The main actors behind efforts to arrange an oil production “freeze” are trying to get a deal back on track for next month’s meeting, although the purpose of the gathering remains hazy.
The Qatari oil minister and current Opec president, Mohammed Al Sada, said last week that a meeting of “Opec and non-Opec producers” had been scheduled for April 17 in Doha.
His statement followed the cancellation of a similar meeting that had been scheduled for yesterday to follow up on a previous meeting between the oil ministers of Russia, Saudi Arabia, Qatar and Venezuela in Doha last month.
It is not yet clear who will attend the Doha meeting, although Mr Al Sada has said that 15 Opec and non-Opec producers, accounting for about 73 per cent of global oil output, “are supporting this initiative”.
The oil minister of Oman, which is not an Opec member but produces about 1 million barrels per day, mainly for export, said yesterday that he had not yet received an invitation.
The UAE energy ministry could not say whether its minister would attend, but it has said it would commit to the freeze if other major producers also participated.
The UAE is on track to increase production to 3.2 million barrels per day by the end of next year, from 2.8 million bpd at the end of last year.
The major hold-up to a freeze agreement had been getting Iran on board, and it still refuses to curb its production, at least until it has risen back to the level it stood before international nuclear-related sanctions were imposed in 2012.
Opec has said Iran already increased production by 187,800 bpd to 3.13 million bpd after sanctions were lifted last month, the biggest monthly gain since 1997, and it plans to push to 4 million bpd as soon as infrastructure repairs will allow.
Russia has taken on the role of “honest broker” and its energy minister, Alexander Novak, said last week after meetings with his counterpart in Tehran: “On the whole, Iran supports the need for coordination between oil exporters, including a possible freeze. But Iran’s position is that they have to first restore their production volumes ... After that, they are ready to join the freeze.”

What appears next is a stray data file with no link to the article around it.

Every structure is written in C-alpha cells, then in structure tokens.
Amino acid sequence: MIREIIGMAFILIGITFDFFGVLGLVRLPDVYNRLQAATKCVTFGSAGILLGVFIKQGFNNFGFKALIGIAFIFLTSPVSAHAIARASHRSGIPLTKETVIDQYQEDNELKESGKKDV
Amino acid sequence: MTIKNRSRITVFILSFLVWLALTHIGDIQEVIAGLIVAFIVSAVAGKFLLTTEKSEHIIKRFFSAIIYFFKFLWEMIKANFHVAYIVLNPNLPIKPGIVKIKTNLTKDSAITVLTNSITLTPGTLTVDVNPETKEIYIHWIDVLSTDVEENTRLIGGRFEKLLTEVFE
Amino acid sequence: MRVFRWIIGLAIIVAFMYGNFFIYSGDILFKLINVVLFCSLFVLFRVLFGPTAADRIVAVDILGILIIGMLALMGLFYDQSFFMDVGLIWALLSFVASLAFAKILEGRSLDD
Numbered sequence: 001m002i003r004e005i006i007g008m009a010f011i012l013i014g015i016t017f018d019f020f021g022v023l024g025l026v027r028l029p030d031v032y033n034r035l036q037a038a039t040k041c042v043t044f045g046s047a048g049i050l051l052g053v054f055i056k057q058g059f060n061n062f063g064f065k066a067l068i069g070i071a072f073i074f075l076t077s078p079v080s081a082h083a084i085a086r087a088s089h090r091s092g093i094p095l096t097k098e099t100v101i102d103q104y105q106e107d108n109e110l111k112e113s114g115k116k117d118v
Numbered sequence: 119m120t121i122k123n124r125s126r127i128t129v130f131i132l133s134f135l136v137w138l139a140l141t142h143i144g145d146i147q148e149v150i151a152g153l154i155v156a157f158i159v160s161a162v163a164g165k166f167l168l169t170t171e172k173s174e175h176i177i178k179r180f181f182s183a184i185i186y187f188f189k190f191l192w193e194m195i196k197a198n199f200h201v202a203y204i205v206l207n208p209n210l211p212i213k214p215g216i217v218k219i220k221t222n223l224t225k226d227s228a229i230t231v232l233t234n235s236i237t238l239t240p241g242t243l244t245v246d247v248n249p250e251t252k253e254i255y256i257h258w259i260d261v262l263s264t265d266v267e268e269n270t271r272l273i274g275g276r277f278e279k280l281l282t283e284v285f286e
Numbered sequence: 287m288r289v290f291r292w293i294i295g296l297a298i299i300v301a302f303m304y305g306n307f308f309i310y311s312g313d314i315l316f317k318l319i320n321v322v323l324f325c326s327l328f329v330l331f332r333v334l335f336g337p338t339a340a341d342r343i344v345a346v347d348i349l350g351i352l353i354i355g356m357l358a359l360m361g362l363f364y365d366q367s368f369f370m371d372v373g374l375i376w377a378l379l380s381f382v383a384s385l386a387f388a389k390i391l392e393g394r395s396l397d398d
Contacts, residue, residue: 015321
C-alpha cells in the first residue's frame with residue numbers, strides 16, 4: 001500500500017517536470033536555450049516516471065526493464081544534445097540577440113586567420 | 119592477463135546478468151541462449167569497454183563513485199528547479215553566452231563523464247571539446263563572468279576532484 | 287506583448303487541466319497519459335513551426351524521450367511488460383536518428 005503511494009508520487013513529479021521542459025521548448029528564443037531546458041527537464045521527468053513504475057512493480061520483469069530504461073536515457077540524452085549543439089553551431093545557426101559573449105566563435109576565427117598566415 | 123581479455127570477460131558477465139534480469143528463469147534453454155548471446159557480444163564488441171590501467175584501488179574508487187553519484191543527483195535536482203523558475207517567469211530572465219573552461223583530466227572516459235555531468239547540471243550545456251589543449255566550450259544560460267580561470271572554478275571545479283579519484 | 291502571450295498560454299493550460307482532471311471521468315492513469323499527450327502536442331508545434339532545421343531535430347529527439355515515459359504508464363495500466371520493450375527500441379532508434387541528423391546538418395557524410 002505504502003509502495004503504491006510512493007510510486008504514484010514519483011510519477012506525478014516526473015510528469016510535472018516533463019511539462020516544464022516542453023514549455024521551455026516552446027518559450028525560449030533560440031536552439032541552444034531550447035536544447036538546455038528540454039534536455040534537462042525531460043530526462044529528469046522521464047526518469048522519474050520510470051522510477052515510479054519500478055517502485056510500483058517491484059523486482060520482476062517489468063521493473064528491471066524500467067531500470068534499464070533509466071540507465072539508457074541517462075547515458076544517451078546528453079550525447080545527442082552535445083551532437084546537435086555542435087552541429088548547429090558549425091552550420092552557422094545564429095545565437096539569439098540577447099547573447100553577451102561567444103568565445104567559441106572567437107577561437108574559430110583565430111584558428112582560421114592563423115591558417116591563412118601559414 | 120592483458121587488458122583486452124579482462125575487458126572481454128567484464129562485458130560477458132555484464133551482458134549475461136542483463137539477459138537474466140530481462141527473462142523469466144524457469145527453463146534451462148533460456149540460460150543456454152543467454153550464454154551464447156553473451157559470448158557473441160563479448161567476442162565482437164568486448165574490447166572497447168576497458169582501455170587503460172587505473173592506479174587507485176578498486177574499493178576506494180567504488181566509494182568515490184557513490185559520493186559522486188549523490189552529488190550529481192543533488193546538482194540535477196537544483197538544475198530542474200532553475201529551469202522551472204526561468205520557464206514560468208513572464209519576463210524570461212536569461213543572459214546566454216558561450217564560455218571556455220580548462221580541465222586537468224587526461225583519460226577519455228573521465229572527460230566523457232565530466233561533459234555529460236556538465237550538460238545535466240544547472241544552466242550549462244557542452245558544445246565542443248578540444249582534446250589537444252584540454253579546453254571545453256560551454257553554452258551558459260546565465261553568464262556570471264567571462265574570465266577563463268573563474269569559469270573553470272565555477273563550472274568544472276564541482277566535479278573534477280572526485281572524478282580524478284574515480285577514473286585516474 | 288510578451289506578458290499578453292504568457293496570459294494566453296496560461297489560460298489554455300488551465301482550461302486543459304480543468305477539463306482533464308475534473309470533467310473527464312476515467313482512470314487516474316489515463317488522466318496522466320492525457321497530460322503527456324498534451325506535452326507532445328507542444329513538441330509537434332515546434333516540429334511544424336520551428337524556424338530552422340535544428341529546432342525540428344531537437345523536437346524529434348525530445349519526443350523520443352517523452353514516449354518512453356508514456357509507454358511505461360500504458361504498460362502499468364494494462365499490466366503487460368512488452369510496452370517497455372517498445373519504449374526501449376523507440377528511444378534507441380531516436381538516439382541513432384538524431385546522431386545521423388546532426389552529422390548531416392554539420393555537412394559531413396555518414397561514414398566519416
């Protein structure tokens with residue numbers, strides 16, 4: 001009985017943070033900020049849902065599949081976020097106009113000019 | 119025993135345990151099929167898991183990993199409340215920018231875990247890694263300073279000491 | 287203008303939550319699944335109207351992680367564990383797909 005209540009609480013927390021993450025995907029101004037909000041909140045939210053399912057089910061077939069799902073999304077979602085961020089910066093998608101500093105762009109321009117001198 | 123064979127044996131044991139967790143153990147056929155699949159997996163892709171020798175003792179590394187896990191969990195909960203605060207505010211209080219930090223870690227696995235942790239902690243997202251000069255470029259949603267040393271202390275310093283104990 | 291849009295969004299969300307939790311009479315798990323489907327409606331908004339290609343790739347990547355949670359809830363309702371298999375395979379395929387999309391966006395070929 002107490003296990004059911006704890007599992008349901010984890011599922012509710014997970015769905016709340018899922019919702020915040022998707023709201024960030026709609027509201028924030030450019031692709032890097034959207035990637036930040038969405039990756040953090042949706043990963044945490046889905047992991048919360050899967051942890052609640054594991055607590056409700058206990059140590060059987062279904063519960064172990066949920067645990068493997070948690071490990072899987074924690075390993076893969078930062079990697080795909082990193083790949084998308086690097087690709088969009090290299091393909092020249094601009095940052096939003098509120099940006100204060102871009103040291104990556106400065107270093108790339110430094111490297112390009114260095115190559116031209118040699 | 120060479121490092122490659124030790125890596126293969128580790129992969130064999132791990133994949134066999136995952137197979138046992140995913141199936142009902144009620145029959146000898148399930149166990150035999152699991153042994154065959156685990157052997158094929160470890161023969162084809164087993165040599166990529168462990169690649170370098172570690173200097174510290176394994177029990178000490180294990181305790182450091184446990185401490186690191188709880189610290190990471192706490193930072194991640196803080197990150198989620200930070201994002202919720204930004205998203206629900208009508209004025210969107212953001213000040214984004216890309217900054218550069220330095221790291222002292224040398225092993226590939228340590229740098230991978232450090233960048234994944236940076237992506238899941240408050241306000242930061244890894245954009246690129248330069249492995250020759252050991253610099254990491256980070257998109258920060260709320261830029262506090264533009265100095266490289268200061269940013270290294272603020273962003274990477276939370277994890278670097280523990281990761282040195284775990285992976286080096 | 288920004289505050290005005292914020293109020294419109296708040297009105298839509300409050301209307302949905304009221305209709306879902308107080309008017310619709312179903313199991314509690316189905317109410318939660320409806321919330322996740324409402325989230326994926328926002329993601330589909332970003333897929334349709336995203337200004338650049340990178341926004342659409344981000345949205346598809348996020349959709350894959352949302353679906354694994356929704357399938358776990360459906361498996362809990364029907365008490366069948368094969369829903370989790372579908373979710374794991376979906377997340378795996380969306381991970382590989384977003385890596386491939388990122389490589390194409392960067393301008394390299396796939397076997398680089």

With so many gaps to fill concerning who will participate, what a freeze will entail, how it would be monitored and so on, the main object of holding such a meeting would seem to be symbolic.
Nevertheless, analysts say any deal will need to have at least the semblance of substance.
“There has already been a rally in oil based on the meeting in Doha taking place, but news alone cannot keep lifting the price – there will need to be a positive outcome or a commitment to continued dialogue,” said Nour Eldeen Al Hammoury, the chief market strategist at ADS Securities in Abu Dhabi.
Opec representatives gathered last week for closed-door meetings in Vienna to discuss oil price volatility and market regulation.
“The presentations noted the impact of low prices on [US] shale production, the lag times and the low usage of rigs,” said Jorge Montepeque, an analyst who attended. “But ... Iran, the poor economic performance in China and the obvious ongoing inventory builds [mean] the fundamentals continue to point to a rough ride for oil prices, with producers still very worried.”
The urgency may overcome the scepticism. Plus, Mr Montepeque adds, there was talk among both the Opec and non-Opec delegates that broader geopolitical concerns – that is, the common Saudi Arabian and Russian interest in Syria – may also push some kind of deal in Doha.